Ireland’s new wave of emigration was visible in this year’s Rose of Tralee competitors. This year organizers found that seven of the girls competing were born in Ireland and had since emigrated to Australia, Germany and other lands of opportunity.

Thus, although Irish heritage, and ‘tracing your roots’ have always been a must when entering the world famous competition, this year saw seven girls born in Ireland representing foreign countries.

The general manager of the Rose of Tralee International Festival, Oliver Hurley, told the Irish Independent, the ‘new wave’ of entrants was due to the use of the Internet and social media.

He said “I've been involved for seven years and in that time that's been the norm and I'm assuming it's the fact that a lot of people do the trip to Australia and take a few years out in different countries and they see this as an opportunity of getting back to Ireland.

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"The way that the Rose of Tralee centers are networking now, it has opened it up to people who may not be engaged with the traditional Irish clubs and centers around the globe."

Tara Talbot, who won the competition on Tuesday night, was representing Queensland, Australia. However, she was born and raised in Dublin. Tara, who is now 27, left Ireland when she was five-years-old.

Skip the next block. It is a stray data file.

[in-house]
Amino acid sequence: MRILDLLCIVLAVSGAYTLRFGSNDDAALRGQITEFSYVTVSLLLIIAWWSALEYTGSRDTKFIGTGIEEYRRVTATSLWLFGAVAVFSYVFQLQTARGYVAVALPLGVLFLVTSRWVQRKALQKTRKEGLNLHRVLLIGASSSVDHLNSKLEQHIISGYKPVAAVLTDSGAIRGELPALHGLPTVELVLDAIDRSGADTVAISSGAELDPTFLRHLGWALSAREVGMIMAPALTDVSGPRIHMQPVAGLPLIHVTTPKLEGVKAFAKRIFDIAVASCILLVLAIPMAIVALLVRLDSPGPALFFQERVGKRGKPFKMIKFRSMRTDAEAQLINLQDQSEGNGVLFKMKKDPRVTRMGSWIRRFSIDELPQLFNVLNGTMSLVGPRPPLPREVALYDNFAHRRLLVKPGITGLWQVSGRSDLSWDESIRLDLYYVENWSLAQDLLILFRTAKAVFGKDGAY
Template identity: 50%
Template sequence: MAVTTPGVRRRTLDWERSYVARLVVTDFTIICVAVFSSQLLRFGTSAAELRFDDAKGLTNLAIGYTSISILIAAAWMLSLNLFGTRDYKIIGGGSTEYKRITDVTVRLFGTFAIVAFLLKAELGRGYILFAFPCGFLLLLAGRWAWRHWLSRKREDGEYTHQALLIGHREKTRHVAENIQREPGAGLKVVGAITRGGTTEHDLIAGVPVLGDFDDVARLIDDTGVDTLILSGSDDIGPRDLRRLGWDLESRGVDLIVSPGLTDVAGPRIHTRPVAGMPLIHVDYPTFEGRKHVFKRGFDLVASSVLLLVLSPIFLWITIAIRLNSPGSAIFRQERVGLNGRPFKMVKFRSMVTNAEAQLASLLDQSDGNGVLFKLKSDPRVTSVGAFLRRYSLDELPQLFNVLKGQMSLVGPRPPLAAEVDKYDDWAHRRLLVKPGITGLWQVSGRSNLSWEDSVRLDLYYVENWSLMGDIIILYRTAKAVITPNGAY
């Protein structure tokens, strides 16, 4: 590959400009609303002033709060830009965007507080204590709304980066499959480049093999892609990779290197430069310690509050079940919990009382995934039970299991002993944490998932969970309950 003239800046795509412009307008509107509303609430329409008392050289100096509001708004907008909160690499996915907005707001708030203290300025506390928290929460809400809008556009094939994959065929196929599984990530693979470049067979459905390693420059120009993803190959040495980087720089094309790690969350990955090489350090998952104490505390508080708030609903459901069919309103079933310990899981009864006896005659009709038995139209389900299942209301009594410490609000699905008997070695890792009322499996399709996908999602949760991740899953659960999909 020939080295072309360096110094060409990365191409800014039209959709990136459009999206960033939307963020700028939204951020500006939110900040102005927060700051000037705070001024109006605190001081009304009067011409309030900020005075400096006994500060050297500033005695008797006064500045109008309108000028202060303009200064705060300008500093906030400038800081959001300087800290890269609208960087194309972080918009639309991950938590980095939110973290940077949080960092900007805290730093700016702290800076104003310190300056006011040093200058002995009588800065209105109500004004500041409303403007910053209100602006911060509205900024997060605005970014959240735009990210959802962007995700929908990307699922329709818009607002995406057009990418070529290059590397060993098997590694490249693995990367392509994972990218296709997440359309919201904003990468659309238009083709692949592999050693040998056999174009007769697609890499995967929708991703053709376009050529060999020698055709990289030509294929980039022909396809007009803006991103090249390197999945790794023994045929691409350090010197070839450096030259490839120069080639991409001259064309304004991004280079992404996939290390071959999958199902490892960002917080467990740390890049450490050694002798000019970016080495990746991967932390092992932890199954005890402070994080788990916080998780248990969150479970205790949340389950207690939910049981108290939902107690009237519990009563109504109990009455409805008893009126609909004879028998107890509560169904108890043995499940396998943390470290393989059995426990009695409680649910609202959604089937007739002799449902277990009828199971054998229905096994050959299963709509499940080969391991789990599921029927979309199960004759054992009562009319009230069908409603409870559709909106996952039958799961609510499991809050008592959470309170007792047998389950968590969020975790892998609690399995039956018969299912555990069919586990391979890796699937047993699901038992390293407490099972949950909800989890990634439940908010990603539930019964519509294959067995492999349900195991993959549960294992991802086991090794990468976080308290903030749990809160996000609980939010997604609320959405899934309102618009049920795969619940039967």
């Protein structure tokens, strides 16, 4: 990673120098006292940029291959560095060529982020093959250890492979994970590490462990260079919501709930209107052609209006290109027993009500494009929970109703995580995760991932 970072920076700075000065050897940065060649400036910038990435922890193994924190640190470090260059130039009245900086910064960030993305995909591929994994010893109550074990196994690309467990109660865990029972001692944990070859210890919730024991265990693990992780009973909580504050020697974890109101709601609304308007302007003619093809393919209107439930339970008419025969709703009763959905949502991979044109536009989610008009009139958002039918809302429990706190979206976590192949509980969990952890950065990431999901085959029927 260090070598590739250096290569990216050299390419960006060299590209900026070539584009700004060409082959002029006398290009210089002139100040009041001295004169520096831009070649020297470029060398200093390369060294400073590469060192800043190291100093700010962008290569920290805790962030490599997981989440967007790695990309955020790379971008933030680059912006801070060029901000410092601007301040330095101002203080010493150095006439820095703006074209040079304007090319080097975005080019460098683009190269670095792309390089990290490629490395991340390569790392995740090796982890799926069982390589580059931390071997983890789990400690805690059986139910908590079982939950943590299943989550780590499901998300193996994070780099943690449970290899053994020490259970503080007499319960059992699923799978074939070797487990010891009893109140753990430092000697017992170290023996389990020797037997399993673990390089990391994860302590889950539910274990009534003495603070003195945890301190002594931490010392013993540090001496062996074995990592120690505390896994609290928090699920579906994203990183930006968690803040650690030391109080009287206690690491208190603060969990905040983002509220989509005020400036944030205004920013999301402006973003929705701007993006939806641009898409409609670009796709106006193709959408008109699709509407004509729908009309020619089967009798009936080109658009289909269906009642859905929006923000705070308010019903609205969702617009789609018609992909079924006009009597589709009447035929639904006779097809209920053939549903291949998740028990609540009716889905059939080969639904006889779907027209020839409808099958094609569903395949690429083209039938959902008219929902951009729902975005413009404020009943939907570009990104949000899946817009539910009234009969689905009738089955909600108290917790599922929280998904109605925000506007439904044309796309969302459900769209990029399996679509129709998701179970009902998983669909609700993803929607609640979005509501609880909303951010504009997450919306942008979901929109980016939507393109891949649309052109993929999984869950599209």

The New Zealand Rose, Ailbhe Ryan, emigrated with her master’s degree in international relations from DCU. She is now working in a customer service department for an insurance company in Wellington.

Grainne Boyle, the Dubai Rose, found work in the Middle East as a special needs teacher while the German Rose Saoirse Fitzgerald is a marketing executive with Enterprise Ireland.

Three of the seven Roses were representing the UK. They had travelled to England for both education and career opportunities.

Niamh O’Connell, the Sunderland Rose, was born in Tipperary but is currently studying at Sunderland University. Caroline Marley, who was born in Newry, County Armagh, left home having earned a first-class honors degree. She now works as a financial analyst in London. The Derby Rose, Niamh McTagu, also left County Galway to work as a dietician at the Royal Derby Hospital.

The Sunderland Rose Niamh O' Connell performs her party piece 'The Banana Song':